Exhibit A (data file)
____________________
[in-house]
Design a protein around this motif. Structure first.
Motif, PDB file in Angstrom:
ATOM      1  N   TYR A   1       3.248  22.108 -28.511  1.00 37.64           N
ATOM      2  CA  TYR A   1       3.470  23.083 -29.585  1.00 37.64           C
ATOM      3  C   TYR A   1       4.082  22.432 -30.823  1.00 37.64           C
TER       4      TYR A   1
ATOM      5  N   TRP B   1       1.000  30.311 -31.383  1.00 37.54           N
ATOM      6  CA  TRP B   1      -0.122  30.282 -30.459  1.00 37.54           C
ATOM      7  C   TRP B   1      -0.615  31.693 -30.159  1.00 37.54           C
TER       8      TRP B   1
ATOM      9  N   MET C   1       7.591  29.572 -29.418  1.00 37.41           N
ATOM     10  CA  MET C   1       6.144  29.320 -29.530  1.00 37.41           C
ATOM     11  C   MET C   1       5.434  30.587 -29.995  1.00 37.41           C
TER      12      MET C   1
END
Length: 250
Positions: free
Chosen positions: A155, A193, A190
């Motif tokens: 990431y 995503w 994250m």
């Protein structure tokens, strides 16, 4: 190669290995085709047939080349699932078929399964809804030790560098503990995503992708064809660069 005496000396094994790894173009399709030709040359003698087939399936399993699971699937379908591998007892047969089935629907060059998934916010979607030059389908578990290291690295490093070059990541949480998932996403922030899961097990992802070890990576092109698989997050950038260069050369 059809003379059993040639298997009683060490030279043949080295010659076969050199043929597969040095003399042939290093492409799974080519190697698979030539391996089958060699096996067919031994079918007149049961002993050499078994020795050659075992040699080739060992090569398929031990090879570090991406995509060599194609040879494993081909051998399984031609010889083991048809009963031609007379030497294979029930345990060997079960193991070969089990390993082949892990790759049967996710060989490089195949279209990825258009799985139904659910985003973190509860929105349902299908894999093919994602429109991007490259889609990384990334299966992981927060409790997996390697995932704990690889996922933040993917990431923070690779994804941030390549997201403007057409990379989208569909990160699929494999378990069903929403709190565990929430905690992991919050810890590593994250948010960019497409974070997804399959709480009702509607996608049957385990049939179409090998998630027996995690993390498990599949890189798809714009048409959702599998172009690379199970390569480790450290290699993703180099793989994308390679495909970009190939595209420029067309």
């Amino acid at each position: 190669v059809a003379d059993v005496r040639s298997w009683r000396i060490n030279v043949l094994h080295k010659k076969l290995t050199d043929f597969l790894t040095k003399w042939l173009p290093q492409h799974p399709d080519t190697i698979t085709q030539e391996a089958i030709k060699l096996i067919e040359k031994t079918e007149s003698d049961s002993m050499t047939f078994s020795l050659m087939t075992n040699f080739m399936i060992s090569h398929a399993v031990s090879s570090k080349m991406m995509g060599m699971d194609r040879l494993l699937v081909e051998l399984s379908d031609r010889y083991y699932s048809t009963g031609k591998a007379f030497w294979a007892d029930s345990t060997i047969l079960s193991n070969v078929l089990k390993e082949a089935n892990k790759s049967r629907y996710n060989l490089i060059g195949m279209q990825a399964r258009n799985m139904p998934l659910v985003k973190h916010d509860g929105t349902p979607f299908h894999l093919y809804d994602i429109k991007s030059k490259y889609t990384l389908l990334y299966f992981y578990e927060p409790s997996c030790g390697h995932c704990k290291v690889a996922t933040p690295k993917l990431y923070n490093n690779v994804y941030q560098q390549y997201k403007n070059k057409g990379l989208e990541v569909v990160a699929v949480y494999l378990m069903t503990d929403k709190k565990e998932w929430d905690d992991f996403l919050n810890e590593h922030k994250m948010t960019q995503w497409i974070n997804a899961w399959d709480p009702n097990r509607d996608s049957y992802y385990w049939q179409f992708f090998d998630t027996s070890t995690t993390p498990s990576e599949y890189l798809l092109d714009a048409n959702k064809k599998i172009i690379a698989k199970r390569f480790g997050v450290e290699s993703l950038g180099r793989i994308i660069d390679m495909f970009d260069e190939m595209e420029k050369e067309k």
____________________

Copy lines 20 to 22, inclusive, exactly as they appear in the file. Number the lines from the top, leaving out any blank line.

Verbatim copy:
């Motif tokens: 990431y 995503w 994250m």
């Protein structure tokens, strides 16, 4: 190669290995085709047939080349699932078929399964809804030790560098503990995503992708064809660069 005496000396094994790894173009399709030709040359003698087939399936399993699971699937379908591998007892047969089935629907060059998934916010979607030059389908578990290291690295490093070059990541949480998932996403922030899961097990992802070890990576092109698989997050950038260069050369 059809003379059993040639298997009683060490030279043949080295010659076969050199043929597969040095003399042939290093492409799974080519190697698979030539391996089958060699096996067919031994079918007149049961002993050499078994020795050659075992040699080739060992090569398929031990090879570090991406995509060599194609040879494993081909051998399984031609010889083991048809009963031609007379030497294979029930345990060997079960193991070969089990390993082949892990790759049967996710060989490089195949279209990825258009799985139904659910985003973190509860929105349902299908894999093919994602429109991007490259889609990384990334299966992981927060409790997996390697995932704990690889996922933040993917990431923070690779994804941030390549997201403007057409990379989208569909990160699929494999378990069903929403709190565990929430905690992991919050810890590593994250948010960019497409974070997804399959709480009702509607996608049957385990049939179409090998998630027996995690993390498990599949890189798809714009048409959702599998172009690379199970390569480790450290290699993703180099793989994308390679495909970009190939595209420029067309």
């Amino acid at each position: 190669v059809a003379d059993v005496r040639s298997w009683r000396i060490n030279v043949l094994h080295k010659k076969l290995t050199d043929f597969l790894t040095k003399w042939l173009p290093q492409h799974p399709d080519t190697i698979t085709q030539e391996a089958i030709k060699l096996i067919e040359k031994t079918e007149s003698d049961s002993m050499t047939f078994s020795l050659m087939t075992n040699f080739m399936i060992s090569h398929a399993v031990s090879s570090k080349m991406m995509g060599m699971d194609r040879l494993l699937v081909e051998l399984s379908d031609r010889y083991y699932s048809t009963g031609k591998a007379f030497w294979a007892d029930s345990t060997i047969l079960s193991n070969v078929l089990k390993e082949a089935n892990k790759s049967r629907y996710n060989l490089i060059g195949m279209q990825a399964r258009n799985m139904p998934l659910v985003k973190h916010d509860g929105t349902p979607f299908h894999l093919y809804d994602i429109k991007s030059k490259y889609t990384l389908l990334y299966f992981y578990e927060p409790s997996c030790g390697h995932c704990k290291v690889a996922t933040p690295k993917l990431y923070n490093n690779v994804y941030q560098q390549y997201k403007n070059k057409g990379l989208e990541v569909v990160a699929v949480y494999l378990m069903t503990d929403k709190k565990e998932w929430d905690d992991f996403l919050n810890e590593h922030k994250m948010t960019q995503w497409i974070n997804a899961w399959d709480p009702n097990r509607d996608s049957y992802y385990w049939q179409f992708f090998d998630t027996s070890t995690t993390p498990s990576e599949y890189l798809l092109d714009a048409n959702k064809k599998i172009i690379a698989k199970r390569f480790g997050v450290e290699s993703l950038g180099r793989i994308i660069d390679m495909f970009d260069e190939m595209e420029k050369e067309k």